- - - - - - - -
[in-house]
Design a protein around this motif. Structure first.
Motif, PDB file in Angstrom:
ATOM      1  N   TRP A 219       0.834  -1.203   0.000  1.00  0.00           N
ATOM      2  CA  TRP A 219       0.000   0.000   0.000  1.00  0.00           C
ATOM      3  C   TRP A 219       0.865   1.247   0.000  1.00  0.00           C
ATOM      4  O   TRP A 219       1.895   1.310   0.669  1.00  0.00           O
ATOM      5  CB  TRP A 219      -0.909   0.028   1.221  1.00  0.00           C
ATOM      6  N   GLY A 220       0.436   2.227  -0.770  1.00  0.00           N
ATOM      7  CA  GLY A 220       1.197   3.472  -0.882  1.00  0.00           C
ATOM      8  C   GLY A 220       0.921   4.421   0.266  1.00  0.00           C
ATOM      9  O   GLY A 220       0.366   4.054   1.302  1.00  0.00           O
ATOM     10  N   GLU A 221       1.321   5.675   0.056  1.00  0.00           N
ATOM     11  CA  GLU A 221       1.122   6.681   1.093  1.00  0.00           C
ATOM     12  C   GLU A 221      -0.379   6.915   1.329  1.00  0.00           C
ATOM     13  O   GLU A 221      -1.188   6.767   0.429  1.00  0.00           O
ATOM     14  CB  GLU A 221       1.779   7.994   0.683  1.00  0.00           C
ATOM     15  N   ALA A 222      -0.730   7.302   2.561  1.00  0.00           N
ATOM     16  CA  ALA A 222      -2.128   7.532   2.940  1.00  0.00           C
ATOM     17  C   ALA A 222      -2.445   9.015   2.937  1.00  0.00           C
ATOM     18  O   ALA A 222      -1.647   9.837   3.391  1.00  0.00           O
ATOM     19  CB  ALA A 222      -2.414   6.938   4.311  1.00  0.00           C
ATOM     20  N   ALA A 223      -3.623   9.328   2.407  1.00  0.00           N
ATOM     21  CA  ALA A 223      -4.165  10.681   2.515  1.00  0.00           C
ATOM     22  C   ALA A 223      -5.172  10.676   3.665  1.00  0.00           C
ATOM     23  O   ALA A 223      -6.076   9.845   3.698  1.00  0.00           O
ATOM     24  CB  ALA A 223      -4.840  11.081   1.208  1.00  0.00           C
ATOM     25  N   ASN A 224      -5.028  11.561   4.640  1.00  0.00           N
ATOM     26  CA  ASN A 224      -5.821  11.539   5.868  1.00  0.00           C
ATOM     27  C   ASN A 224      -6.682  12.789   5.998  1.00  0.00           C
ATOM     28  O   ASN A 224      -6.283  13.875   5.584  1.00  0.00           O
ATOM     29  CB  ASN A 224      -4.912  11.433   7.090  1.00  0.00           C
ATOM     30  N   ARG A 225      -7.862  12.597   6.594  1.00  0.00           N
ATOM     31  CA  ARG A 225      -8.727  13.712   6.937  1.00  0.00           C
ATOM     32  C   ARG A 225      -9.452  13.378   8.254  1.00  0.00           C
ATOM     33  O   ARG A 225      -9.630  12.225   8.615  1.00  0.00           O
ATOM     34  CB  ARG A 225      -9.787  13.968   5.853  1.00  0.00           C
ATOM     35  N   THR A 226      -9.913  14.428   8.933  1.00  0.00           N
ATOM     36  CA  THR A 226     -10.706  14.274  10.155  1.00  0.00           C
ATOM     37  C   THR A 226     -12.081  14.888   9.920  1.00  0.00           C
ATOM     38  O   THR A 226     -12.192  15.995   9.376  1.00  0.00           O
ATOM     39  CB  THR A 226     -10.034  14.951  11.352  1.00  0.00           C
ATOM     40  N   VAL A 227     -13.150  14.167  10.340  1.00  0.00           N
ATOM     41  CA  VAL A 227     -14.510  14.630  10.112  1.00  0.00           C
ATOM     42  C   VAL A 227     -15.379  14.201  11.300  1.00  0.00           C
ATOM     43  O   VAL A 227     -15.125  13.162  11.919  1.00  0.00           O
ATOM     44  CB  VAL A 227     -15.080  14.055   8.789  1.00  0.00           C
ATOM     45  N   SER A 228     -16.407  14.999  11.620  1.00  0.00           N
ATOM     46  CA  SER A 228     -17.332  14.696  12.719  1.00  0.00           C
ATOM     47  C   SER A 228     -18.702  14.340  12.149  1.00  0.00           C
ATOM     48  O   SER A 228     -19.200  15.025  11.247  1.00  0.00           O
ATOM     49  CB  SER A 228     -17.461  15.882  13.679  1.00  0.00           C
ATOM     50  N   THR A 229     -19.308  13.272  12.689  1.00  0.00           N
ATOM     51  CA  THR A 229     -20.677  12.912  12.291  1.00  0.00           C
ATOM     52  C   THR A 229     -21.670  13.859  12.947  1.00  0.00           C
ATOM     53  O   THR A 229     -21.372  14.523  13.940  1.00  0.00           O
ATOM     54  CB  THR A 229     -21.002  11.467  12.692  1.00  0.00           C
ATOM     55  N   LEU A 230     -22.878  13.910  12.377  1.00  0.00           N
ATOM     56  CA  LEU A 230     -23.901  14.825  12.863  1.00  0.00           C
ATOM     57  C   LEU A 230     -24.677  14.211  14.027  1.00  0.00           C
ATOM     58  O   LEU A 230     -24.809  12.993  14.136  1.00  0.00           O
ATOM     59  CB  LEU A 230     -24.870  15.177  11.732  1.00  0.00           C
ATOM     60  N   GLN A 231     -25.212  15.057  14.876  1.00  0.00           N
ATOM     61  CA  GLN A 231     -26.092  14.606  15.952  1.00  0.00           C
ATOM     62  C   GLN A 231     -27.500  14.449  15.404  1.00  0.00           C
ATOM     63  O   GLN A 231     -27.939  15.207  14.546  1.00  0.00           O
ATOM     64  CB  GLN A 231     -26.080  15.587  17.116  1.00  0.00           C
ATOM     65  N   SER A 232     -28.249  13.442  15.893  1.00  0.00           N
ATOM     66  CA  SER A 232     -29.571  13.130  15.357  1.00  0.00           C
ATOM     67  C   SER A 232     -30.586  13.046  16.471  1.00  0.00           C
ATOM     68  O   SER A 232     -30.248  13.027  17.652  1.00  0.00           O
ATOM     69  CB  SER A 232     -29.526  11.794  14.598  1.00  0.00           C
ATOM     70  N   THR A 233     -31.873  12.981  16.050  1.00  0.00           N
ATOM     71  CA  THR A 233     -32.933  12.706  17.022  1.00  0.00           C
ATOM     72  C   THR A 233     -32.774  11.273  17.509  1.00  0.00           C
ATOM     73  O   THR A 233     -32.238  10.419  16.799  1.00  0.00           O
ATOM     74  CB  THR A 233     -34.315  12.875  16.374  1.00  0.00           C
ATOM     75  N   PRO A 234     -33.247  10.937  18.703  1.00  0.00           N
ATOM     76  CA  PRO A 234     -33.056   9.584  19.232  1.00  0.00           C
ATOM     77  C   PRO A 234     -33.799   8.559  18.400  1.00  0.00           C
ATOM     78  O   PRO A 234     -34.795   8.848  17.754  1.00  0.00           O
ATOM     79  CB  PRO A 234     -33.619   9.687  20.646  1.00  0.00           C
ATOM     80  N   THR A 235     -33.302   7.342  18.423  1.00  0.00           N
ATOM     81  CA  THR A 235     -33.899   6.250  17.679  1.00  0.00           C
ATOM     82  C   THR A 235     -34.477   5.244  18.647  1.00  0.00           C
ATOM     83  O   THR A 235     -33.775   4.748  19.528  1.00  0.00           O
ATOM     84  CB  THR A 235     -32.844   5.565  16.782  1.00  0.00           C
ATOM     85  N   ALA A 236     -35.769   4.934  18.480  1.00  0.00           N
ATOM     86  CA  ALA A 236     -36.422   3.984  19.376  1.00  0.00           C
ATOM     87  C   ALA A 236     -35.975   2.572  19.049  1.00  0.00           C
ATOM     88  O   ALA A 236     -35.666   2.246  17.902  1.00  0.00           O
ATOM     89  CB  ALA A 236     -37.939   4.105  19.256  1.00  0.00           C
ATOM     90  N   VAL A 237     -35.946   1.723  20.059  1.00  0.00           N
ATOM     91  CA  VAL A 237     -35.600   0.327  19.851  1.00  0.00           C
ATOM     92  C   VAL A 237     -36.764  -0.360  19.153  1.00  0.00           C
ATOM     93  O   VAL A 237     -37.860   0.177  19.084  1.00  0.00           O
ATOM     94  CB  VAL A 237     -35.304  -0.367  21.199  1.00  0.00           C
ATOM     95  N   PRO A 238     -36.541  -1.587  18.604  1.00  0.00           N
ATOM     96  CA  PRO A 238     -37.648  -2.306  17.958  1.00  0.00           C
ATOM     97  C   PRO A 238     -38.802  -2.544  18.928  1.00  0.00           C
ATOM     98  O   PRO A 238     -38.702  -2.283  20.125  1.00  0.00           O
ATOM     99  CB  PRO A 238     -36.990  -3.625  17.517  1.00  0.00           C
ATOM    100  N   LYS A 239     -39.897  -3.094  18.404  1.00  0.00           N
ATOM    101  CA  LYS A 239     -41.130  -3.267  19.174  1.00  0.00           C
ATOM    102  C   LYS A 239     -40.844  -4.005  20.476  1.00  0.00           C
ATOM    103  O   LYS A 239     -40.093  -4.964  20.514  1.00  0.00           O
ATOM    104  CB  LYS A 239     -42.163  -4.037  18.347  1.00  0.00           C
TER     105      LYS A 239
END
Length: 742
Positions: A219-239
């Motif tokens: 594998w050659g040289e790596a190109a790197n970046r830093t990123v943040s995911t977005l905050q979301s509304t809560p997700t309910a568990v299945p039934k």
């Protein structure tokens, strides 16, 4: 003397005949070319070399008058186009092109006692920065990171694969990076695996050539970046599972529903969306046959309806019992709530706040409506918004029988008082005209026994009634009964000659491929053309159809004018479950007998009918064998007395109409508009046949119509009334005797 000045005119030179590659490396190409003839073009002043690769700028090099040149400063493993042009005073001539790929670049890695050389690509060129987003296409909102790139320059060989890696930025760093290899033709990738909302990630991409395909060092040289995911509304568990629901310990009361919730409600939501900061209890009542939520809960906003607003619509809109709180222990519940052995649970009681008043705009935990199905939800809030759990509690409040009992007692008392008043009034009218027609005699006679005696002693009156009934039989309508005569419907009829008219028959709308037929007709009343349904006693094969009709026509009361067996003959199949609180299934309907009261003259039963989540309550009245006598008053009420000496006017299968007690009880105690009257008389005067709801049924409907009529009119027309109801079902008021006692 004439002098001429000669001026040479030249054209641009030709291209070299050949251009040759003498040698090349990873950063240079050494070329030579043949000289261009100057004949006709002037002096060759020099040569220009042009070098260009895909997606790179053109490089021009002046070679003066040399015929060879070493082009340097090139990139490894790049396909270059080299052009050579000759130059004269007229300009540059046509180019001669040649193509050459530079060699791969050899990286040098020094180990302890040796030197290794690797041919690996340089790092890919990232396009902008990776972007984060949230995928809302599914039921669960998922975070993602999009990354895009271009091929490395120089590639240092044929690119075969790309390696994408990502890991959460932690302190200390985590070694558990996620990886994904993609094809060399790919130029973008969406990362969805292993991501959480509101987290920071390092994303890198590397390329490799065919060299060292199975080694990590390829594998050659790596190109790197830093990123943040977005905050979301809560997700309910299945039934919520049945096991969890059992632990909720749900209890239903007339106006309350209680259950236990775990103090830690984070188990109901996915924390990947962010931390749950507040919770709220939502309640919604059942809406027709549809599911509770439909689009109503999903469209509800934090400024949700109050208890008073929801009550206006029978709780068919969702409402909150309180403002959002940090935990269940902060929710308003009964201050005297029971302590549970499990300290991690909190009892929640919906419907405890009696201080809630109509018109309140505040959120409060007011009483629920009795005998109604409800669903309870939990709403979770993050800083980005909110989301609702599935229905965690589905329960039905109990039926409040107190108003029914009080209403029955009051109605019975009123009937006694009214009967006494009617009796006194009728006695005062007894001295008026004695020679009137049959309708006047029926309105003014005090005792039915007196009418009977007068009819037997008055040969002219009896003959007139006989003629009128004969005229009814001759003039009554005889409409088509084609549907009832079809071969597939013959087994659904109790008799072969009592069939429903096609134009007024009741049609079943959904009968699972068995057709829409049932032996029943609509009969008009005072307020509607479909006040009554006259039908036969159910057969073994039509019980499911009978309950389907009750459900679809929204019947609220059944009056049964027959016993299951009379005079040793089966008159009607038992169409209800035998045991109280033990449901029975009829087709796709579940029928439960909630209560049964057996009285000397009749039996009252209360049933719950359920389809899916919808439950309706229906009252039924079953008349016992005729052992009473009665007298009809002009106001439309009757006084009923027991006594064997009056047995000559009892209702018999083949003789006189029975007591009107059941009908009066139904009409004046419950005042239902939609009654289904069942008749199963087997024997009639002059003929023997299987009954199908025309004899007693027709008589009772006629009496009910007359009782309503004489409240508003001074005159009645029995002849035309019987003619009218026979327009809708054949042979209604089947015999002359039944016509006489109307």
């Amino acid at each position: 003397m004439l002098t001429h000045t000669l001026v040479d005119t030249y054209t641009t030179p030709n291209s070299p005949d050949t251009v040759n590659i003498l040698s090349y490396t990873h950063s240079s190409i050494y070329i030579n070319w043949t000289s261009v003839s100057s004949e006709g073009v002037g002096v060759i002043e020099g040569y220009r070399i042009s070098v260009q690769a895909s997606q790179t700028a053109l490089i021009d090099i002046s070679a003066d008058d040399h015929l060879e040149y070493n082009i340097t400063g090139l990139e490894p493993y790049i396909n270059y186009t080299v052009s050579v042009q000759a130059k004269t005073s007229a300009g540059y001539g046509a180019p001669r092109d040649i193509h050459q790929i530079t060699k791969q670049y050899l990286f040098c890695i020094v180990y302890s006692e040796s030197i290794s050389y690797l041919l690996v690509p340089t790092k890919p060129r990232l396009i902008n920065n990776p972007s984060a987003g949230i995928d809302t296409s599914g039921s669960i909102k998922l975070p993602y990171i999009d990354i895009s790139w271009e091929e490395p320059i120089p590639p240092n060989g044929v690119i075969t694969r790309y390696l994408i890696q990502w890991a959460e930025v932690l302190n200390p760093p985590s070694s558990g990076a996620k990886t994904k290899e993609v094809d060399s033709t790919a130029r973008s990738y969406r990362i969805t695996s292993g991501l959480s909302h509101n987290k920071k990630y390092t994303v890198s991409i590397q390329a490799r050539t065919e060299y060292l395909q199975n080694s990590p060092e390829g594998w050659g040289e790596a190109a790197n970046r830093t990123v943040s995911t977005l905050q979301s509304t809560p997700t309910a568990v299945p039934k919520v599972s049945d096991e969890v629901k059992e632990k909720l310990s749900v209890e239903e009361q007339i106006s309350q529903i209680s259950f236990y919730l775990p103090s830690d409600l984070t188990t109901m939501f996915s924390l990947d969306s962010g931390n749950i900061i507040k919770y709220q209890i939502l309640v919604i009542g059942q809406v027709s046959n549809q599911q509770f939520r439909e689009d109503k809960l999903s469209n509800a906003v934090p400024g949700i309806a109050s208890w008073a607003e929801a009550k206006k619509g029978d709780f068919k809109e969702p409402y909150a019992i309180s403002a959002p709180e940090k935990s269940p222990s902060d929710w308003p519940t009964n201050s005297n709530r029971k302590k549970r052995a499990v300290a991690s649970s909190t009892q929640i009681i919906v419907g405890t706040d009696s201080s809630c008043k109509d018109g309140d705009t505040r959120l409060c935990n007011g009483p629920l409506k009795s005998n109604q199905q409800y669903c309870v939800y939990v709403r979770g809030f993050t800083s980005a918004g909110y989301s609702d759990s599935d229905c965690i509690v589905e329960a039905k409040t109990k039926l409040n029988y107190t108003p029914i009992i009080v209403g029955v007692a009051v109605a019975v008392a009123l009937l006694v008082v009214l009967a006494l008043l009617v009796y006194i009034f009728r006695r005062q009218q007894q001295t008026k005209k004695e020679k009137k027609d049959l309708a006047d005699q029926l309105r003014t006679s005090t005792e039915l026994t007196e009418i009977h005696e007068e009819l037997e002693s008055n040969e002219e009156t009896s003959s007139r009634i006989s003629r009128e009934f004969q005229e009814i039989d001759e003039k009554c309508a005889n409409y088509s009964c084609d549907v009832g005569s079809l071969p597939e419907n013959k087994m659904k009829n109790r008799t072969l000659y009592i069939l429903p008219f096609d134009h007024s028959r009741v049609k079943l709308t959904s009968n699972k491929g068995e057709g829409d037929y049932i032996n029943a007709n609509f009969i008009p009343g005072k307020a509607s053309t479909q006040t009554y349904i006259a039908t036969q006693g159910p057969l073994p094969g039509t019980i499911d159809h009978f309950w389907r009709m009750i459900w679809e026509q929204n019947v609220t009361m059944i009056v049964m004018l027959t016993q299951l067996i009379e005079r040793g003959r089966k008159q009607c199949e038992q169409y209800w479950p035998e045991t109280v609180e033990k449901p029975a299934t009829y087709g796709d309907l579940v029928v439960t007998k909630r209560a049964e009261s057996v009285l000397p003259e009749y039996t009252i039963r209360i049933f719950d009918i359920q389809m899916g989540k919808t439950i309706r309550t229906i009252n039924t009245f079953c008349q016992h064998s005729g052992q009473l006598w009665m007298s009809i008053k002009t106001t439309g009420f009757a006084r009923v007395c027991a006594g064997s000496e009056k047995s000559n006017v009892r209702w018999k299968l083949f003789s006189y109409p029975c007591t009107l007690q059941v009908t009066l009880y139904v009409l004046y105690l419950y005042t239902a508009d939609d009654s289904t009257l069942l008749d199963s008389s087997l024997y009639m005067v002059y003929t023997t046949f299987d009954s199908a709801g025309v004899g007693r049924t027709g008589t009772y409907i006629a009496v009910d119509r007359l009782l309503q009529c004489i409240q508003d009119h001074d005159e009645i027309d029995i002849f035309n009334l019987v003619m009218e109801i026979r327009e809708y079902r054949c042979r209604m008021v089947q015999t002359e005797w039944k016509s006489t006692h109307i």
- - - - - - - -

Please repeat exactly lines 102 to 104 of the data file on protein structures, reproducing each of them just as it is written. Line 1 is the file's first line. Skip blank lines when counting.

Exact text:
ATOM     99  CB  PRO A 238     -36.990  -3.625  17.517  1.00  0.00           C
ATOM    100  N   LYS A 239     -39.897  -3.094  18.404  1.00  0.00           N
ATOM    101  CA  LYS A 239     -41.130  -3.267  19.174  1.00  0.00           C